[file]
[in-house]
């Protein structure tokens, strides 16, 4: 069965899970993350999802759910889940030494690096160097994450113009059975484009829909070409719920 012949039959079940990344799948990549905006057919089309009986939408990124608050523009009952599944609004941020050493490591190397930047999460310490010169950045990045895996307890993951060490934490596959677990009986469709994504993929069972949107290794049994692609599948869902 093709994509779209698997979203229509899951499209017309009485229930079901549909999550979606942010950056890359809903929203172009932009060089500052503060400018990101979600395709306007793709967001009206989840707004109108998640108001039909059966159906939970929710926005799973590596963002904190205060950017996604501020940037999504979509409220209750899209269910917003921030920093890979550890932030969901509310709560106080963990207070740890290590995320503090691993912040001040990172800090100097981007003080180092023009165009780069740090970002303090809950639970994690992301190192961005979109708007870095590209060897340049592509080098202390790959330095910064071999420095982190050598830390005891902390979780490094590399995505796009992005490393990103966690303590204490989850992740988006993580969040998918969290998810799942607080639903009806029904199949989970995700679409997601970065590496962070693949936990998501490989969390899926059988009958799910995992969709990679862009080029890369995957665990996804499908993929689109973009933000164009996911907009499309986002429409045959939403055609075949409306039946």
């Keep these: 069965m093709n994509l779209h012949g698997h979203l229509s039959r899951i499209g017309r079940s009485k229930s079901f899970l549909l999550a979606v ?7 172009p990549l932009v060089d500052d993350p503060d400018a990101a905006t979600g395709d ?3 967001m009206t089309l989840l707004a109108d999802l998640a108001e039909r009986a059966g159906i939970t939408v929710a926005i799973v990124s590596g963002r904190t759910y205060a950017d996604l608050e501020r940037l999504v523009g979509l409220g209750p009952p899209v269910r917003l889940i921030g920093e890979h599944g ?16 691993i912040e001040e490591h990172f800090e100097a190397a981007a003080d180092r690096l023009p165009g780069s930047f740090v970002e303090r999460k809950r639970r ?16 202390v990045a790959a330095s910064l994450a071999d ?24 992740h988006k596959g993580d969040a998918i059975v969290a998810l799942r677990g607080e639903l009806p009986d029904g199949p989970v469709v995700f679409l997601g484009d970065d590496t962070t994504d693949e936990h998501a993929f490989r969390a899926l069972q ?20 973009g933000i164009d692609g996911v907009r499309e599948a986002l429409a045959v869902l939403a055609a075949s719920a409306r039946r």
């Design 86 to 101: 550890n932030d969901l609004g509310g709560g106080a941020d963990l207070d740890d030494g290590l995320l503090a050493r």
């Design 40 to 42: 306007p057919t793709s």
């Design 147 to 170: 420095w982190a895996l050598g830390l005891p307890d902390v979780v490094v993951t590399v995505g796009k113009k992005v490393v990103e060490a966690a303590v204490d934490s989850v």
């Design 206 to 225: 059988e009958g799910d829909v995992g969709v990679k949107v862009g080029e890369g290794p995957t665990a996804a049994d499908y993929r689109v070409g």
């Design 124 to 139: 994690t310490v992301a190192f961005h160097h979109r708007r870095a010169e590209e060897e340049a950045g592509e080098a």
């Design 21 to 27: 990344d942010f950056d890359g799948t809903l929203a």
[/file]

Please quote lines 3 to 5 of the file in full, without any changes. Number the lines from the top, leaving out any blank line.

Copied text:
């Keep these: 069965m093709n994509l779209h012949g698997h979203l229509s039959r899951i499209g017309r079940s009485k229930s079901f899970l549909l999550a979606v ?7 172009p990549l932009v060089d500052d993350p503060d400018a990101a905006t979600g395709d ?3 967001m009206t089309l989840l707004a109108d999802l998640a108001e039909r009986a059966g159906i939970t939408v929710a926005i799973v990124s590596g963002r904190t759910y205060a950017d996604l608050e501020r940037l999504v523009g979509l409220g209750p009952p899209v269910r917003l889940i921030g920093e890979h599944g ?16 691993i912040e001040e490591h990172f800090e100097a190397a981007a003080d180092r690096l023009p165009g780069s930047f740090v970002e303090r999460k809950r639970r ?16 202390v990045a790959a330095s910064l994450a071999d ?24 992740h988006k596959g993580d969040a998918i059975v969290a998810l799942r677990g607080e639903l009806p009986d029904g199949p989970v469709v995700f679409l997601g484009d970065d590496t962070t994504d693949e936990h998501a993929f490989r969390a899926l069972q ?20 973009g933000i164009d692609g996911v907009r499309e599948a986002l429409a045959v869902l939403a055609a075949s719920a409306r039946r």
């Design 86 to 101: 550890n932030d969901l609004g509310g709560g106080a941020d963990l207070d740890d030494g290590l995320l503090a050493r």
């Design 40 to 42: 306007p057919t793709s």